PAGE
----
Relativity: The Special and the General TheoryAccording to Einstein himself, this book is intended "to give an exact insight into the theory of Relativity to those readers who, from a general scientific and philosophical point of view, are interested in the theory, but who are not conversant with the mathematical apparatus of theoretical physics." When he wrote the book in 1916, Einstein's name was scarcely known outside the physics institutes. Having just completed his masterpiece, The General Theory of Relativity—which provided a brandnew theory of gravity and promised a new perspective on the cosmos as a whole—he set out at once to share his excitement with as wide a public as possible in this popular and accessible book. First time in Penguin Classics New introduction by bestselling science author Nigel Calder 
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Inhalt
Physical Meaning of Geometrical Propositions  7 
The System of Coordinates  10 
Space and Time in Classical Mechanics  13 
The Galileian System of Coordinates  15 
The Principle of Relativity in the Restricted Sense  16 
The Theorem of the Addition of Velocities Employed in Classical Mechanics  19 
The Apparent Incompatibility of the Law of Propagation of Light with the Principle of Relativity  20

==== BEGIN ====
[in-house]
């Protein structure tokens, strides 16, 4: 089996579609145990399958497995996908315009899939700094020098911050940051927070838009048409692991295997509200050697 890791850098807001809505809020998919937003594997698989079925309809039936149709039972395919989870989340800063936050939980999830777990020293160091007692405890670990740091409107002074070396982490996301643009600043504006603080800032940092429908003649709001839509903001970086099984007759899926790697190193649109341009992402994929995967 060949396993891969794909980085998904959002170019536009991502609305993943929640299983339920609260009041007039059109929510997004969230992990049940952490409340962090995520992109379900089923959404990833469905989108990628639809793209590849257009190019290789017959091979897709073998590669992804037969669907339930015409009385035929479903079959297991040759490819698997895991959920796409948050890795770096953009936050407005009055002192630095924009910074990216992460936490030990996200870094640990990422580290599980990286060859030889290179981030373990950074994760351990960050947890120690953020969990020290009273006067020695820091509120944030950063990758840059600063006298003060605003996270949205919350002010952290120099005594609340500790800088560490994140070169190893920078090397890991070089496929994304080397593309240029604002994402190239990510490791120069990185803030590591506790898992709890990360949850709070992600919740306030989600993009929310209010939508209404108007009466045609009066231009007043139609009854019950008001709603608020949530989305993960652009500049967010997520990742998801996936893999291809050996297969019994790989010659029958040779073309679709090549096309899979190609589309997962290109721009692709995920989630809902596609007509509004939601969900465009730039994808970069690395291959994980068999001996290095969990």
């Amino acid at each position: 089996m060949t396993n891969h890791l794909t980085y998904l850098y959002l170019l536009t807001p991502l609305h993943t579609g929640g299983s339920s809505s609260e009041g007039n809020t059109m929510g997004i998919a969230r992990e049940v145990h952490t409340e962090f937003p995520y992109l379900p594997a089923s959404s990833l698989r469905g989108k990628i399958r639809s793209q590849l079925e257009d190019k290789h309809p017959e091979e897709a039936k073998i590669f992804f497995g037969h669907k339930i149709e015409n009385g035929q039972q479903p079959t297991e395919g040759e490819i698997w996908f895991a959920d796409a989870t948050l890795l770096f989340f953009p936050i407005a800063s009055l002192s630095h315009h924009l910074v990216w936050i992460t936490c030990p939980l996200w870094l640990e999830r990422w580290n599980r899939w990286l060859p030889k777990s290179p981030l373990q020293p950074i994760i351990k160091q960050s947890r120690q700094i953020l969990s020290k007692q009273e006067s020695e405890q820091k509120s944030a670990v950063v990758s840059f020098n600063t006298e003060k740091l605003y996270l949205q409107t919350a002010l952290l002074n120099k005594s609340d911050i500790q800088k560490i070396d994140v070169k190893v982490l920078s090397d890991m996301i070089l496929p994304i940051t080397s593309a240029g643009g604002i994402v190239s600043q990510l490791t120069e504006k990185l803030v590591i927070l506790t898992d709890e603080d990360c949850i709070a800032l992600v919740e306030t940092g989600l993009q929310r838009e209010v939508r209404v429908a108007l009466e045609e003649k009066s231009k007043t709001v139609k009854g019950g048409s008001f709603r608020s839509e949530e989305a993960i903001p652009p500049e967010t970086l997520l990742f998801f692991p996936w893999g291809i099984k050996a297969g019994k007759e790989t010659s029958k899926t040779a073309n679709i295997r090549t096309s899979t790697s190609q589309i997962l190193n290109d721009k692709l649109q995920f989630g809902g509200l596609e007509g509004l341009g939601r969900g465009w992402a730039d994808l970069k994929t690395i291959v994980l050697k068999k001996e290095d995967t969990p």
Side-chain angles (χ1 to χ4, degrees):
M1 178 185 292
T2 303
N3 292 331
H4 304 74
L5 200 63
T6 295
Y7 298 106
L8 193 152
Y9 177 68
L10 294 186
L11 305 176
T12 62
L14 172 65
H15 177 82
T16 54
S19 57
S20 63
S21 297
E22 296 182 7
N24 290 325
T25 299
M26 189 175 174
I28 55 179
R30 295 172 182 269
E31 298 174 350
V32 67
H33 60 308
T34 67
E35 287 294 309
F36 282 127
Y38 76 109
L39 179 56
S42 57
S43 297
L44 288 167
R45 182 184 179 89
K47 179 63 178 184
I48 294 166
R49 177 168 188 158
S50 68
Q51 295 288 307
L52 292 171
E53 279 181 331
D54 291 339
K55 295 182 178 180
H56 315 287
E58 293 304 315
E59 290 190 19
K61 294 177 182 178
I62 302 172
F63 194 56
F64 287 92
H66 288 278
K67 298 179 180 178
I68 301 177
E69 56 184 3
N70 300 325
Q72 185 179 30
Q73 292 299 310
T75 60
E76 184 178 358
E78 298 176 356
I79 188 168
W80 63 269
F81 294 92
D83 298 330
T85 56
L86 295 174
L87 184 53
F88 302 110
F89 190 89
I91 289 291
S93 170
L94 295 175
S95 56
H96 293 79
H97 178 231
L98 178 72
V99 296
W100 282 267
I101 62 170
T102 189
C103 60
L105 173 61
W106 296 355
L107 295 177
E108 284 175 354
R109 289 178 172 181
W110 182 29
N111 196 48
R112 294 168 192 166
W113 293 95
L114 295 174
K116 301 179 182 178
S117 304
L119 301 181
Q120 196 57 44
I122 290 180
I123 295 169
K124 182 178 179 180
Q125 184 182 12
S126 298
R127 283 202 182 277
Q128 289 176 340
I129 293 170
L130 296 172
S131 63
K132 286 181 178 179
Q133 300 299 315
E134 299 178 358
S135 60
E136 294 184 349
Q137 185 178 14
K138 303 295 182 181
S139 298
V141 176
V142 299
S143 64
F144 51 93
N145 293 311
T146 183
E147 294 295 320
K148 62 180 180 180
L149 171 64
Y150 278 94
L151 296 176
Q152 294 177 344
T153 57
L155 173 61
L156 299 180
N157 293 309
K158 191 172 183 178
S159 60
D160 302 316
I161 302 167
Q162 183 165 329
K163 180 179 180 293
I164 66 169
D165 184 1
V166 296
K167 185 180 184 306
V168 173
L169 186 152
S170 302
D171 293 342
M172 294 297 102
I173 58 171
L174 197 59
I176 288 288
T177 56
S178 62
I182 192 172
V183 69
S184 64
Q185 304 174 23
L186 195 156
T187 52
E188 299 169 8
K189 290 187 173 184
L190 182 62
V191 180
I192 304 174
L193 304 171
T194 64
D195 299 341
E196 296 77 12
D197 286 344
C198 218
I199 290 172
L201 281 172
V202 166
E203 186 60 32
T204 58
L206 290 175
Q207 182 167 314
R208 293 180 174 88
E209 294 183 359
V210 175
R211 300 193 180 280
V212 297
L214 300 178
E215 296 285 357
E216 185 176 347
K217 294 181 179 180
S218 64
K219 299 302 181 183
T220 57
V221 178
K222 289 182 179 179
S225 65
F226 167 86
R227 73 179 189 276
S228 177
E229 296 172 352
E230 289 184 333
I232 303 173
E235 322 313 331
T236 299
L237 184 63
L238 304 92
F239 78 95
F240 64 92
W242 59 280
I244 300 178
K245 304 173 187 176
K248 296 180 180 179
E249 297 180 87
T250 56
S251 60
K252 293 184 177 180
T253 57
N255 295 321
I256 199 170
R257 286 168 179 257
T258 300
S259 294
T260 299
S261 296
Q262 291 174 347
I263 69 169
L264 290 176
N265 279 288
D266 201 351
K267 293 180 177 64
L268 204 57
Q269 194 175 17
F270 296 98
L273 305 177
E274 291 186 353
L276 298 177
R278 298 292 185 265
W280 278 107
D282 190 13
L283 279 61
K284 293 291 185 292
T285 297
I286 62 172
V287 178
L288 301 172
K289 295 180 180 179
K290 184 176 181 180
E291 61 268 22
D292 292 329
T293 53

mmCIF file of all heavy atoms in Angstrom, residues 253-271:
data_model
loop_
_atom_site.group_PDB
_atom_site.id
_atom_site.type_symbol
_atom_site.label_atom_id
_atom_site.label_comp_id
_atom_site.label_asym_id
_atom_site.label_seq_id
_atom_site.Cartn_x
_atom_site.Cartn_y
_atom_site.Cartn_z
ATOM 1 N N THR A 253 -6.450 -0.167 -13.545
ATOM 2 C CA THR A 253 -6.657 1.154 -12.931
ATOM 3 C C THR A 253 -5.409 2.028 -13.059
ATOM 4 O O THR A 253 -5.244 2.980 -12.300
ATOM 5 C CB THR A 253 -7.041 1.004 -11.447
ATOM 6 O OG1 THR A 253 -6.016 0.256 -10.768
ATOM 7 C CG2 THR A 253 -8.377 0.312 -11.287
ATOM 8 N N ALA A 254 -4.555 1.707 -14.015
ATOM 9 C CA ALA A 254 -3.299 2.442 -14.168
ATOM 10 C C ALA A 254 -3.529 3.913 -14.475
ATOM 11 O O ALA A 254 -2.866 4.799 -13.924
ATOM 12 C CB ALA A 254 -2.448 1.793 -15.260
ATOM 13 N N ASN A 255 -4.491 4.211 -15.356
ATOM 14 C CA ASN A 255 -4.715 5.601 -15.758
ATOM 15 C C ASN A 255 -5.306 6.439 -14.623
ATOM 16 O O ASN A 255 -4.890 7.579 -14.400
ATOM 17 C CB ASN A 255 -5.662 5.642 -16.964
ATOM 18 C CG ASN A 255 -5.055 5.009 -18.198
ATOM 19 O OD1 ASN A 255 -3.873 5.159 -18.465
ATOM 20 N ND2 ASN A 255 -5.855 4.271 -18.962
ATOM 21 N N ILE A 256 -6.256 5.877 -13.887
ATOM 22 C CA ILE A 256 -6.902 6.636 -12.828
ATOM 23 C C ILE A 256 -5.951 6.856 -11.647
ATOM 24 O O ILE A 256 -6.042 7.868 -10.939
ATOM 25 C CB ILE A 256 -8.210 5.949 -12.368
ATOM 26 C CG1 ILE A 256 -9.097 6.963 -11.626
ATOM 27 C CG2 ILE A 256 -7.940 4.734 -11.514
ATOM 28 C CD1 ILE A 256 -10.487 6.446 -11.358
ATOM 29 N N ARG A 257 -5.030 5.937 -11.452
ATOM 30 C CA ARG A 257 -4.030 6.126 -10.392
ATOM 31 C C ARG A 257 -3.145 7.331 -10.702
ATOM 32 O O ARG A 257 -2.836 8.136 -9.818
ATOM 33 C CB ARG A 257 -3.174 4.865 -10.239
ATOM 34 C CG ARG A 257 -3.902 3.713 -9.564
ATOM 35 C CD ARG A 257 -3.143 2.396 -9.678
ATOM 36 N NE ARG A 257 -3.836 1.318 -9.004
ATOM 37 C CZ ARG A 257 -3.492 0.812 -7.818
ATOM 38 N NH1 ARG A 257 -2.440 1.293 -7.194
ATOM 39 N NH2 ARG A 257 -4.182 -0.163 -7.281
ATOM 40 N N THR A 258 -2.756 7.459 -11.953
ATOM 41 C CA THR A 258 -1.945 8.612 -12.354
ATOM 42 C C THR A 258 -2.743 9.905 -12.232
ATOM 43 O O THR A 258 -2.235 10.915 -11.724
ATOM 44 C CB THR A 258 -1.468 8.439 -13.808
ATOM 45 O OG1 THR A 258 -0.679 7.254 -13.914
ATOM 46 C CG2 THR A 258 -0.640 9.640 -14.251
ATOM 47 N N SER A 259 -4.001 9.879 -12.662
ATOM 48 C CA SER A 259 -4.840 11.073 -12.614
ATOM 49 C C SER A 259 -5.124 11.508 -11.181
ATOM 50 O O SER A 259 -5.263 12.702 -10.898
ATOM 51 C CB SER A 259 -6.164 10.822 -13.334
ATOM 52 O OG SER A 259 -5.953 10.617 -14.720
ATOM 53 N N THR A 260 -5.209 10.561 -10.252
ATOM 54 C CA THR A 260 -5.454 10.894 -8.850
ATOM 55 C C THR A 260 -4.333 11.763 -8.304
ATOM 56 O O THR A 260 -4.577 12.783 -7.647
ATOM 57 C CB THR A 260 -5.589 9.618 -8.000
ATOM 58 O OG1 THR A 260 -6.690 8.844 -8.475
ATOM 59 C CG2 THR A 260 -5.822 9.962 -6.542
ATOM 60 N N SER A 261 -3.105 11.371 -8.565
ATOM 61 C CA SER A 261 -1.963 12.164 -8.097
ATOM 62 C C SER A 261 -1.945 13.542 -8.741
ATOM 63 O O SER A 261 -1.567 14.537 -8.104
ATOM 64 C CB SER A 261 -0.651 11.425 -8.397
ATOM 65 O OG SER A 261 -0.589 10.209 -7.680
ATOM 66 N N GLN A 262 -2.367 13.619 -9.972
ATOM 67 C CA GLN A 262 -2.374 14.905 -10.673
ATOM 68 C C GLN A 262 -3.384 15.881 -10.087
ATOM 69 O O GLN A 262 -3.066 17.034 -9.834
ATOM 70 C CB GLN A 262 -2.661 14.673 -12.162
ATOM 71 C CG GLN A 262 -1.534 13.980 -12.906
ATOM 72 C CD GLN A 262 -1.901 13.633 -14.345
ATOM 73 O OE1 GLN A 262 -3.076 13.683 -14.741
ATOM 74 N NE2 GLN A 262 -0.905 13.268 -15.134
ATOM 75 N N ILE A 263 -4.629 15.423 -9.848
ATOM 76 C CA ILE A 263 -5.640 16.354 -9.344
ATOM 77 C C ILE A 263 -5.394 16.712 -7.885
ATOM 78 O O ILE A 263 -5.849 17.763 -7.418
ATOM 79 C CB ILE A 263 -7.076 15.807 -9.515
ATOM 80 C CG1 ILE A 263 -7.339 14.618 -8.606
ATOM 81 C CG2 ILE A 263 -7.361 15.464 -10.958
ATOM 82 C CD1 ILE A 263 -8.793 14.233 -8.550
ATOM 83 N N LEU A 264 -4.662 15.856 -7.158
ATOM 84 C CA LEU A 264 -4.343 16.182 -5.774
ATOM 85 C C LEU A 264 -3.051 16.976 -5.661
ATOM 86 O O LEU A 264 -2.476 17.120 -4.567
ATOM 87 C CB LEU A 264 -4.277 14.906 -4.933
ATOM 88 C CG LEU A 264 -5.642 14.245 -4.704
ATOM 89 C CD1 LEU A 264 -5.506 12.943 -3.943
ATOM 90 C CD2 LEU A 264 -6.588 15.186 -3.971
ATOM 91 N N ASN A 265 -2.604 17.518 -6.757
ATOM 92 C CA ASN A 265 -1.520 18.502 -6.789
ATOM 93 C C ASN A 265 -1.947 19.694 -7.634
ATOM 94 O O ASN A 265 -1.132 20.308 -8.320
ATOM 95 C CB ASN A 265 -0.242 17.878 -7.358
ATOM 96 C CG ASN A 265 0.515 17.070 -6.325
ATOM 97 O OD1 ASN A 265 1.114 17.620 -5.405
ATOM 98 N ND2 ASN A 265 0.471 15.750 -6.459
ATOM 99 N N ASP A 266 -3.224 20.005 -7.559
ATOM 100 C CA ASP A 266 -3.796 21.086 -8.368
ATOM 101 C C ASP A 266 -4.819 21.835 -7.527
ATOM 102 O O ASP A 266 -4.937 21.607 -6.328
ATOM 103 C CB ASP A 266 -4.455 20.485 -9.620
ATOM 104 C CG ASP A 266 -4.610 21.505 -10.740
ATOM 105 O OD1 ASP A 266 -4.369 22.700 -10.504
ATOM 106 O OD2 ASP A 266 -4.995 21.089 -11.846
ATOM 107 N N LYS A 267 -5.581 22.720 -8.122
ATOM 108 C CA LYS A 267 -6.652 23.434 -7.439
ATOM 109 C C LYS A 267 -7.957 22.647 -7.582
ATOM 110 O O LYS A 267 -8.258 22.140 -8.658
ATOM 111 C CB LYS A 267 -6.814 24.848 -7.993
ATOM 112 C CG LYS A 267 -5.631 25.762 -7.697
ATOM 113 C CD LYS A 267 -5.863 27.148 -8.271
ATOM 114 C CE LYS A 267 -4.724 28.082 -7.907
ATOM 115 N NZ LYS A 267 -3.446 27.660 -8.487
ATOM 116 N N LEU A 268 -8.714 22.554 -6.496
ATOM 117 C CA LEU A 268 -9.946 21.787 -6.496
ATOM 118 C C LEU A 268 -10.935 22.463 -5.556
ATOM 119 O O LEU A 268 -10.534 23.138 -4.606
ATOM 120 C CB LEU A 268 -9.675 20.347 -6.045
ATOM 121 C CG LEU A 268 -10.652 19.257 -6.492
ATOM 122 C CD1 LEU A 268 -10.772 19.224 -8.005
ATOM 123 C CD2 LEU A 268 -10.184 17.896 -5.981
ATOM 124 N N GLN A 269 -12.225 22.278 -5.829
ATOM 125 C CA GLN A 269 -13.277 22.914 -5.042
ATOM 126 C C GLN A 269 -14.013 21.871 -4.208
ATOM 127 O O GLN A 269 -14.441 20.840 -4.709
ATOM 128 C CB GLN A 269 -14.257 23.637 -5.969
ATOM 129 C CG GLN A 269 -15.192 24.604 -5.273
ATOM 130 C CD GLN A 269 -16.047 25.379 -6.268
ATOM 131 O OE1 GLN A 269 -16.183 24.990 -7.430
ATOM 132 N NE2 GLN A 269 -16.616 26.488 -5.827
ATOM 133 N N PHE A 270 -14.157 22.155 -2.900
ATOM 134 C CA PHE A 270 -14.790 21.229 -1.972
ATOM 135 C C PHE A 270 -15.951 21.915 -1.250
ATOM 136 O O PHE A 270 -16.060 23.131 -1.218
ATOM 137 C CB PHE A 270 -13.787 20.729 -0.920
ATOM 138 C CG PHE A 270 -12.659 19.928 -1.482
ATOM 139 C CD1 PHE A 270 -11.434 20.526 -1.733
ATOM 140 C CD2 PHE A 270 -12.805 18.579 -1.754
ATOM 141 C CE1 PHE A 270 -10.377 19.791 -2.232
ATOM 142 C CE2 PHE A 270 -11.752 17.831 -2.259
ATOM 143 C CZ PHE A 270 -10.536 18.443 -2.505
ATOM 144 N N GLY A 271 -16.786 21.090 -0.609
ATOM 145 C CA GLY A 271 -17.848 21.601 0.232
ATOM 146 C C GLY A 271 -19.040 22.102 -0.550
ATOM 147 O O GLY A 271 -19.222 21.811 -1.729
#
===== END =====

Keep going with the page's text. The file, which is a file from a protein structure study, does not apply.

On the Idea of Time in Physics  23 
In What Respects Are the Foundations of Classical Mechanics and of the Special Theory of Relativity Unsatisfactory?  67 
A Few Inferences from the General Principle of Relativity  69 
Behaviour of Clocks and MeasuringRods on a Rotating Body of Reference  73 
Euclidean and NonEuclidean Continuum  76 
Gaussian Coordinates  79 
The SpaceTime Continuum of the Special Theory of Relativity Considered as a Euclidean Continuum  83 
The SpaceTime Continuum of the General Theory of Relativity Is Not a Euclidean Continuum  85 
Exact Formulation of the General Principle of Relativity  88 
The Relativity of Simultaneity  26 
On the Relativity of the Conception of Distance  29 
The Lorentz Transformation  31 
The Behaviour of MeasuringRods and Clocks in Motion  36 
Theorem of the Addition of the Velocities The Experiment of Fizeau  38 
The Heuristic Value of the Theory of Relativity  42 
General Results of the Theory  44 
Experience and the Special Theory of Relativity  48 
Minkowskis FourDimensional Space  52 
Special and General Principle of Relativity  57 
The Gravitational Field  60 
The Equality of Inertial and Gravitational Mass as an Argument for the General Postulate of Relativity  63 
The Solution of the Problem of Gravitation on the Basis of the General Principle of Relativity  91 
Cosmological Difficulties of Newtons Theory  97 
The Possibility of a Finite and Yet Unbounded Universe  99 
The Structure of Space According to the General Theory of Relativity  103 
Simple Derivation of the Lorentz Transformation  105 
Minkowskis FourDimensional Space World  111 
The Experimental Confirmation of the General Theory of Relativity  113 
a Motion of the Perihelion of Mercury  114 
b Deflection of Light by a Gravitational Field  116 
c Displacement of Spectral Lines towards the Red  118 
123